You can always grab my attention with a musical, good, bad, or indifferent. Phil Hall, dug up an interesting case in this week’s entry in his always interesting column The Bootleg Files. “Where’s Charley” starred Ray Bolger, best known by far as the Scarecrow from 1939’s “Wizard of Oz,” starring in a film version of the Broadway musical that had revived his career from a post-Oz rut. The stage play had been a very successful vehicle and the movie was a hit but, according to Hall, the widow of songwriting great Frank Loesser, performer Jo Sullivan, disliked the movie so much she somehow managed to singlehandedly suppress it for all these years.
The sequence featuring the show’s break-out hit, “Once in Love with Amy,” goes on very long and during the later portions you may find yourself recalling Pee-Wee Herman as Bolger gets a bit too silly. With all that, this excerpt — which comes from a badly faded print — shows a nice piece of work. Bolger had real grace enough to get over the fact that he was 48 and playing an Oxford student.
In my experience about 95% of “lost” movies turn out to be disappointments and this looks too stagy and twee. So what? I think it’s high time we were allowed to see it for ourselves, complete with that score by Loesser. You can hear Jo Sullivan talk about her late husband’s work, which included such classic scores as “Guys and Dolls” and “How to Succeed in Business Without Really Trying” on this Fresh Air interview.
When it comes to movie classics, there is none more beloved than Victor Fleming’s 1939 musical, “The Wizard of Oz.” Based on the popular children’s book by L. Frank Baum, the film has been featured on numerous “best of” lists and continues to captivate people of all ages to this day. In celebration of its 70th anniversary, Warner Home Video is releasing the movie for the very first time in high definition in a special collector’s set designed exclusively for the hardcore “Oz” fan. This four-disc box set includes over 16 hours of bonus material, a 52-page commemorative book about the making of the film, a reproduction of the original 1939 campaign book, a replica of the film’s budget sheet, and a limited edition watch.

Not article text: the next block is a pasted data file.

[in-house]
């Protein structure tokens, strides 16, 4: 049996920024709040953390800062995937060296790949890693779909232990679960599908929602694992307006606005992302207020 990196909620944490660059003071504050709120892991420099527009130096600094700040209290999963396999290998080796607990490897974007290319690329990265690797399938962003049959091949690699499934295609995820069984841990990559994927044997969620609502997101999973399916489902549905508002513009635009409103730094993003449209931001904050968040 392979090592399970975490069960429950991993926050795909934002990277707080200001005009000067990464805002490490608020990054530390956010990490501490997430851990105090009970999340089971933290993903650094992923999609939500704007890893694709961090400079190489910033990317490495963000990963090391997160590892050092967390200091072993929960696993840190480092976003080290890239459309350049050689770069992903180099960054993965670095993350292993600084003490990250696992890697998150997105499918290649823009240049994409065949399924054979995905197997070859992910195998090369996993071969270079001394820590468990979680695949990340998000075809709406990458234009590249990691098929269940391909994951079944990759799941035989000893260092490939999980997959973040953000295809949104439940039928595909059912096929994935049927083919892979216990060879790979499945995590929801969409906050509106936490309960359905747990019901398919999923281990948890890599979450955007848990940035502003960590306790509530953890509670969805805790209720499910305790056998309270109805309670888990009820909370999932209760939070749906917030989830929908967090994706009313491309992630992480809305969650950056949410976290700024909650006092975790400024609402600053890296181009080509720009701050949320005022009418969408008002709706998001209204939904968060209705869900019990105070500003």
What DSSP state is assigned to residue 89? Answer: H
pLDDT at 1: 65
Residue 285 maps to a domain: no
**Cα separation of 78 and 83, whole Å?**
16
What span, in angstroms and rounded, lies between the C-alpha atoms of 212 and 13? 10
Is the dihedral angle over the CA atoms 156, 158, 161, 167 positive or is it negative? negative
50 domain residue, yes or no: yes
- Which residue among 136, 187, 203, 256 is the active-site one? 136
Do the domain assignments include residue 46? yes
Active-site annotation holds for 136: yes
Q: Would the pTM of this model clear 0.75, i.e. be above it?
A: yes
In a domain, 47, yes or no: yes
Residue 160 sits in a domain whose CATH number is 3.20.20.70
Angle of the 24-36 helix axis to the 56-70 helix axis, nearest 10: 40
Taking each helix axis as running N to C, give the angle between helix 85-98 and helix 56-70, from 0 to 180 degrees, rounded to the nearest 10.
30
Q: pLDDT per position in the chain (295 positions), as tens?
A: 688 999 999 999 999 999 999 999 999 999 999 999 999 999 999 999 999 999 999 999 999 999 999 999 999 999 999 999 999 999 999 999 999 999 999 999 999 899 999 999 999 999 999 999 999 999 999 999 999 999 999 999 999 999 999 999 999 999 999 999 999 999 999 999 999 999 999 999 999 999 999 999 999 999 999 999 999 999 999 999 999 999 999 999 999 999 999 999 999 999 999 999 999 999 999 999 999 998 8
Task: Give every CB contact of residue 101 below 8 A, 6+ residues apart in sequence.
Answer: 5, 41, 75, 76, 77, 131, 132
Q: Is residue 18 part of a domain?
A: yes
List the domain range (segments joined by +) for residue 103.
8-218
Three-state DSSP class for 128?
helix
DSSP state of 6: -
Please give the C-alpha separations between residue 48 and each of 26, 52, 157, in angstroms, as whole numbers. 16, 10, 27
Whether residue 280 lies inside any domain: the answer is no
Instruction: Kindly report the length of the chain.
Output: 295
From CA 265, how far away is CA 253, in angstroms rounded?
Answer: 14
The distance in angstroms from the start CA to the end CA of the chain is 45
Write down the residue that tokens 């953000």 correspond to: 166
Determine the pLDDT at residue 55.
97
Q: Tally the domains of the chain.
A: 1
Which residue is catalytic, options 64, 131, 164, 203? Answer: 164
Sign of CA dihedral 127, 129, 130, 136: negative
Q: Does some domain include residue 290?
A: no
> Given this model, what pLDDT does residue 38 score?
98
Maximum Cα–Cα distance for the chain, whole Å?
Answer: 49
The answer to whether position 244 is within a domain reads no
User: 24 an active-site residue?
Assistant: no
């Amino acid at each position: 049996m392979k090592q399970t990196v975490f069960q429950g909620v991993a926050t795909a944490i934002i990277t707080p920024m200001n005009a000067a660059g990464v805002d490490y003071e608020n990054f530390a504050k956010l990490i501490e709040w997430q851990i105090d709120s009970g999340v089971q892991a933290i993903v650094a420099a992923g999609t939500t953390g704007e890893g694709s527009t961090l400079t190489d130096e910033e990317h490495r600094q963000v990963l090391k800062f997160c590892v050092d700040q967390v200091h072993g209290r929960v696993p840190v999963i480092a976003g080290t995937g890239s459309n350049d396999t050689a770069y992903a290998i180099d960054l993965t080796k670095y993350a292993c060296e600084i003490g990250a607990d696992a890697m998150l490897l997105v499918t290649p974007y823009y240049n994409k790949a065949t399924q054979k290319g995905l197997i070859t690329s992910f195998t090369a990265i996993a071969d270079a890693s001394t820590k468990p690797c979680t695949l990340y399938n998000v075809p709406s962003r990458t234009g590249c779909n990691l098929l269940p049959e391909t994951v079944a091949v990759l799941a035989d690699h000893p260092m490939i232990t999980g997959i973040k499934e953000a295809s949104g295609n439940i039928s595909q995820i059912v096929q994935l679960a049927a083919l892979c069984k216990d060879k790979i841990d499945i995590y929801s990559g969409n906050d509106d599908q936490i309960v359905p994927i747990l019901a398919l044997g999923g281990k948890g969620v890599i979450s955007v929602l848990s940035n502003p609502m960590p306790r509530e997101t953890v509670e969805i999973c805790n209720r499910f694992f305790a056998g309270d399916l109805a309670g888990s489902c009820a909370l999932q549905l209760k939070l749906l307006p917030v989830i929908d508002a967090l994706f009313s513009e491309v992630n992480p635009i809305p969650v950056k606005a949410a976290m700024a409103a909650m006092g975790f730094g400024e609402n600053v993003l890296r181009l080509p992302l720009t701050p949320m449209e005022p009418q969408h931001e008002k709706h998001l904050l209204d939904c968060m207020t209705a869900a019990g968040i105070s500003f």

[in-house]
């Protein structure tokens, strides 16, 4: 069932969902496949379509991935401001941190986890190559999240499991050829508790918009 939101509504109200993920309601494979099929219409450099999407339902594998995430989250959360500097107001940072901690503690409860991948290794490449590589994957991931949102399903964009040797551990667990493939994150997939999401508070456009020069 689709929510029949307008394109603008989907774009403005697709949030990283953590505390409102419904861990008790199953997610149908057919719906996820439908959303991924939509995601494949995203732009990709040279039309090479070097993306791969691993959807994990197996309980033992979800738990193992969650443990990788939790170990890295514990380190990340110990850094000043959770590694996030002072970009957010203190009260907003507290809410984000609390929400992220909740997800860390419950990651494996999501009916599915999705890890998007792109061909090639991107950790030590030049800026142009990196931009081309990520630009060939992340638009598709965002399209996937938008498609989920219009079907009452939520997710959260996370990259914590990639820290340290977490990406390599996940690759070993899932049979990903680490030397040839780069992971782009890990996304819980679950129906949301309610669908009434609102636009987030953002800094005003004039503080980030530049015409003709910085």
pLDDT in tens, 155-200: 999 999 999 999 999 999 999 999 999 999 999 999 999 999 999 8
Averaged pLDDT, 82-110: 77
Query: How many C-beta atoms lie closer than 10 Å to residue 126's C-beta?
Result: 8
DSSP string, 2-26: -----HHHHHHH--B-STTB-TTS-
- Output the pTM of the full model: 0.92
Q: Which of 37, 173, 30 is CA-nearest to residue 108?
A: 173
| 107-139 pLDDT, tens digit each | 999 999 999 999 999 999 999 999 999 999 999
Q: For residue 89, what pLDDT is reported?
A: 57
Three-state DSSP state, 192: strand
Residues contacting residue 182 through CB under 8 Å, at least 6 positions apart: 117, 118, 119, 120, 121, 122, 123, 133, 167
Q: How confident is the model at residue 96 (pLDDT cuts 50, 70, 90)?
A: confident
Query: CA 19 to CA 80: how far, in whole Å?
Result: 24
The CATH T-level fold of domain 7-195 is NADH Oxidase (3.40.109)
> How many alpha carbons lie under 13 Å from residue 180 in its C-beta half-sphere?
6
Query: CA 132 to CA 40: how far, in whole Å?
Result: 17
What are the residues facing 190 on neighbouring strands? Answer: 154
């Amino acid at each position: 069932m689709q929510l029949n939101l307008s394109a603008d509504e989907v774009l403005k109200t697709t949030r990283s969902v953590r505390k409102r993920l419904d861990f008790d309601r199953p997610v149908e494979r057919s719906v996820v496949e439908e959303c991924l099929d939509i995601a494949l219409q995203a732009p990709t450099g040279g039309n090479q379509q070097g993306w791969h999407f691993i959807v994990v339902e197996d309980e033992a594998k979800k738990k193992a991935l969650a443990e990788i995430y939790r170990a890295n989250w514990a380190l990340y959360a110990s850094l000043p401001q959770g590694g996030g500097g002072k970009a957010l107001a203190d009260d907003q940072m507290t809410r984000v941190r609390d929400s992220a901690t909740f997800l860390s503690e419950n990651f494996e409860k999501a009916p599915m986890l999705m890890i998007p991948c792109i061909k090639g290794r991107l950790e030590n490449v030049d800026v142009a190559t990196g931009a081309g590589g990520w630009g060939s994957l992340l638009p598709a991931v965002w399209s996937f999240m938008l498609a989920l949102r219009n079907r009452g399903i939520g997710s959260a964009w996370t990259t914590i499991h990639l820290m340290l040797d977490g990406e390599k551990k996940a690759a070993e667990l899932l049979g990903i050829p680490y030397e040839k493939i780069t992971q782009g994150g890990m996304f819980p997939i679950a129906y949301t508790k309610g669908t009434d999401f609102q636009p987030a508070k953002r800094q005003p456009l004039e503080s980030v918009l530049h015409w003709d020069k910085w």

Of course, the main draw of the set is the film itself, and while many have logged complaints about the film’s new hi-def transfer following the one-night special engagement in theaters across the country, there’s no truth behind any of them. Though a movie as old as “The Wizard of Oz” is never going to look as pristine as one from the last decade, the hours of work that went into restoring the film for its Blu-ray debut can be appreciated the minute Leo the MGM Lion comes on screen. It’s not perfect, mind you, but when compared to the many reissues over the years, this version is hands down the best one yet. Colors pop off the screen without looking oversaturated, while the sepia-toned segments look sharper than ever.
As expected with a movie as legendary as “The Wizard of Oz,” Warner Bros. has crammed as many special features onto the four-disc set as possible — to the point that it’s almost overkill. Granted, one of those discs only contains a digital copy of the film, but the other three more than make up for it. Disc One features the movie, as well as a new audio commentary by “Oz” historian John Fricke and a sing-along track. The previously released TV special, “The Wonderful Wizard of Oz: The Making of a Movie Classic,” hosted by Angela Lansbury also appears, as do featurettes on music, costumes and production design (“The Art of Imagination”) and the legacy of the film (“Because of the Wonderful Things It Does”).